Dreams: a Comparative Contrast Between Two Theories of the Possible Functions and Meanings of Dreams

2451 Words Jul 27th, 2010 10 Pages
Abstract Both Freud and Jung provided important and interesting theories on dreams; encompassing their functions, their roots, and their meanings. Freud looked at dreams as a result of repressed memories, particularly repressed sexual memories from our childhood. Jung however, believed that dreams delved beyond sexual repression during younger years, to other problems, be it trauma, anxiety etc. Jung also believed dreams changed predominately through middle adult years, while Freud believed the opposite. There is little empirical evidence to reinforce either Freud or Jung’s theories, however, their contributions to the study of dreams in psychology cannot be lessened or denied.

Dreams: A comparative contrast between two theories of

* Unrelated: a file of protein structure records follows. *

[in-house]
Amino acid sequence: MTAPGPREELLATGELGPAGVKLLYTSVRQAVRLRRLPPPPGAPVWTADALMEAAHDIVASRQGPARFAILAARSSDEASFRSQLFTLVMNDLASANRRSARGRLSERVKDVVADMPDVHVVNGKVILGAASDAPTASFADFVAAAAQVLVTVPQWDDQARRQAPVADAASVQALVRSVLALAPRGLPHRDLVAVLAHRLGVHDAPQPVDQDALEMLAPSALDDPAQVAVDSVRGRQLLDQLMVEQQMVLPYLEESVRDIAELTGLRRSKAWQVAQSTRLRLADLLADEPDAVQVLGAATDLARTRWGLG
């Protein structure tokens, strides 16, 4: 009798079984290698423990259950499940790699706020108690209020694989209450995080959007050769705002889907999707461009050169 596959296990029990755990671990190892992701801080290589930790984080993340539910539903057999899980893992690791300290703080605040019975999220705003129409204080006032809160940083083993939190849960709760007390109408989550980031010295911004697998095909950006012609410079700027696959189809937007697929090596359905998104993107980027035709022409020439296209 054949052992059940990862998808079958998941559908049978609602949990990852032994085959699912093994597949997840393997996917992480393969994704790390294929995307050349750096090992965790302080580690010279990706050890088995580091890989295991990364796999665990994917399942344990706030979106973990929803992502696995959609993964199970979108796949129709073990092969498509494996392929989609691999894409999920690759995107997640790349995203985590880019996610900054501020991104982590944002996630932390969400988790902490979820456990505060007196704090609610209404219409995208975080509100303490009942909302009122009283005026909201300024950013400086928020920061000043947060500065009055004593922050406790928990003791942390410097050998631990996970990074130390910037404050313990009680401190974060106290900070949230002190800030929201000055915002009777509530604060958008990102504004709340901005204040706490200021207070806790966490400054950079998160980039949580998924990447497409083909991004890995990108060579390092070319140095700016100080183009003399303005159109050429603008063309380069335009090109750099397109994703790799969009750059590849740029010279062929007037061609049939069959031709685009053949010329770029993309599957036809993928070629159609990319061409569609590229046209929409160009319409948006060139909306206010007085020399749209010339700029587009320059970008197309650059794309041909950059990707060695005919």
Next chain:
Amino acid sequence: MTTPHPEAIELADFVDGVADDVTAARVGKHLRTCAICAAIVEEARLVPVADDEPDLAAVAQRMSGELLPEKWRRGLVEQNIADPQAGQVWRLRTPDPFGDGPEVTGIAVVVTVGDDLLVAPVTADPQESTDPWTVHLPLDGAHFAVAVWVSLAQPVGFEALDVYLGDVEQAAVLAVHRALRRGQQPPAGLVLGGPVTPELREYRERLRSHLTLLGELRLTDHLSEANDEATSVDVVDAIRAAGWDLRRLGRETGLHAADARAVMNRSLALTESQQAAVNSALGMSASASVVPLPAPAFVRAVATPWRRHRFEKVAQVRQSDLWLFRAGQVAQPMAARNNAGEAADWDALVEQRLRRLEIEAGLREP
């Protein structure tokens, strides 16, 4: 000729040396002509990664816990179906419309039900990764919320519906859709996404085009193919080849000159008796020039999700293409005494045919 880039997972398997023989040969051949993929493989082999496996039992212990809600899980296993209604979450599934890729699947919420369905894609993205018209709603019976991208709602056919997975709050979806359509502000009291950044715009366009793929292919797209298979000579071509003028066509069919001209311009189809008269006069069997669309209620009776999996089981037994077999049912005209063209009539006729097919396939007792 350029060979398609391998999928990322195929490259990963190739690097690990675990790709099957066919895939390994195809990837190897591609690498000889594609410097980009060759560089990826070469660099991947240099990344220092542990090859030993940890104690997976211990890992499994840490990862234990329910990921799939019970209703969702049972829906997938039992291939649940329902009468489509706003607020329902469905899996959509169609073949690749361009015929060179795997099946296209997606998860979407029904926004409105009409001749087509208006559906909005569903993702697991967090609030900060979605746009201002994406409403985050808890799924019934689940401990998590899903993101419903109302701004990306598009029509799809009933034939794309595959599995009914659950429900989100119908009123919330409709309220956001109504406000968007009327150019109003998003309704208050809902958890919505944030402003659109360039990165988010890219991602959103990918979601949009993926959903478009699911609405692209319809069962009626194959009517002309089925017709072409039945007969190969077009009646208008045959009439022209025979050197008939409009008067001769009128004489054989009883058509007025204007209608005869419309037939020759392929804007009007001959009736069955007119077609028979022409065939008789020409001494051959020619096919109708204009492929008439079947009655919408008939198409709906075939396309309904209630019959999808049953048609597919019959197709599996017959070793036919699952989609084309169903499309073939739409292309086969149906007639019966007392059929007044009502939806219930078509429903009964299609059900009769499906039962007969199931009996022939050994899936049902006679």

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Freud even went as far as using dreams from his own children as evidence. (Freud). Freud’s wish fulfillment theory began because he believed that the wishes in adult dreams were disguised in order to reduce their anxiety tendencies. Freud theorised that dreams are disguised by a “censor” of sorts, in four cognitive processes he collectively called the “dream-work” (Freud, 1900) these include; displacement, whereby highly charged thoughts are transferred to minor elements in the impending dream. Condensation then compresses several different dream thoughts. These two are then joined together by the regard for representability, which changes abstract thoughts into a form that is applicable for the sensor. Finally the dream is shaped by secondary revision which basically gives the dream content an understandable pattern. (Freud, 1900). It is through this dream work that Freud contended unconscious thoughts were transferred into dream content. (Freud, 1900) According to Freud (1900) the emotions in dreams are often inappropriate to the content. “I dream I am in a frightful, dangerous, repulsive situation but I feel no fear or revulsion at all; other times……I am filled with horror at something harmless and with delight at something childish.” (Freud, 1900). He attributes this to the fact that content in dreams is often replaced by displacements and substitutions, but emotions remain in place

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